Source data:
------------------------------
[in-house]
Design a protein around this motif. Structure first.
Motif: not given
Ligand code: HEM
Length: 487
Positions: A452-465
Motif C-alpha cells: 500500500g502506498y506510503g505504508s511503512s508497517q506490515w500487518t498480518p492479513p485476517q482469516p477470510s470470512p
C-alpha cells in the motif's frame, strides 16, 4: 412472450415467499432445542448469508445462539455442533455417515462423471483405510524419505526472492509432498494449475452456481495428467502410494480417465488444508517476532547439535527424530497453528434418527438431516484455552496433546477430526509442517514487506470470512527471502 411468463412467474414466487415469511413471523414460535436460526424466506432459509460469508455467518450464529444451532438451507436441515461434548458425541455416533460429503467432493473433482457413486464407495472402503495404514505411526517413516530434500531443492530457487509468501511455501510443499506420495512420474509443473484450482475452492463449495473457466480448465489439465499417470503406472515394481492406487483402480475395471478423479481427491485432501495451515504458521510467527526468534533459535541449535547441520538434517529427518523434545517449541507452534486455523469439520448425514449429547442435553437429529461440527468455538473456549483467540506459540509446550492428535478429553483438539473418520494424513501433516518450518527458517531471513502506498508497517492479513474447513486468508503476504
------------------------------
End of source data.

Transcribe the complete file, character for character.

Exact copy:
[in-house]
Design a protein around this motif. Structure first.
Motif: not given
Ligand code: HEM
Length: 487
Positions: A452-465
Motif C-alpha cells: 500500500g502506498y506510503g505504508s511503512s508497517q506490515w500487518t498480518p492479513p485476517q482469516p477470510s470470512p
C-alpha cells in the motif's frame, strides 16, 4: 412472450415467499432445542448469508445462539455442533455417515462423471483405510524419505526472492509432498494449475452456481495428467502410494480417465488444508517476532547439535527424530497453528434418527438431516484455552496433546477430526509442517514487506470470512527471502 411468463412467474414466487415469511413471523414460535436460526424466506432459509460469508455467518450464529444451532438451507436441515461434548458425541455416533460429503467432493473433482457413486464407495472402503495404514505411526517413516530434500531443492530457487509468501511455501510443499506420495512420474509443473484450482475452492463449495473457466480448465489439465499417470503406472515394481492406487483402480475395471478423479481427491485432501495451515504458521510467527526468534533459535541449535547441520538434517529427518523434545517449541507452534486455523469439520448425514449429547442435553437429529461440527468455538473456549483467540506459540509446550492428535478429553483438539473418520494424513501433516518450518527458517531471513502506498508497517492479513474447513486468508503476504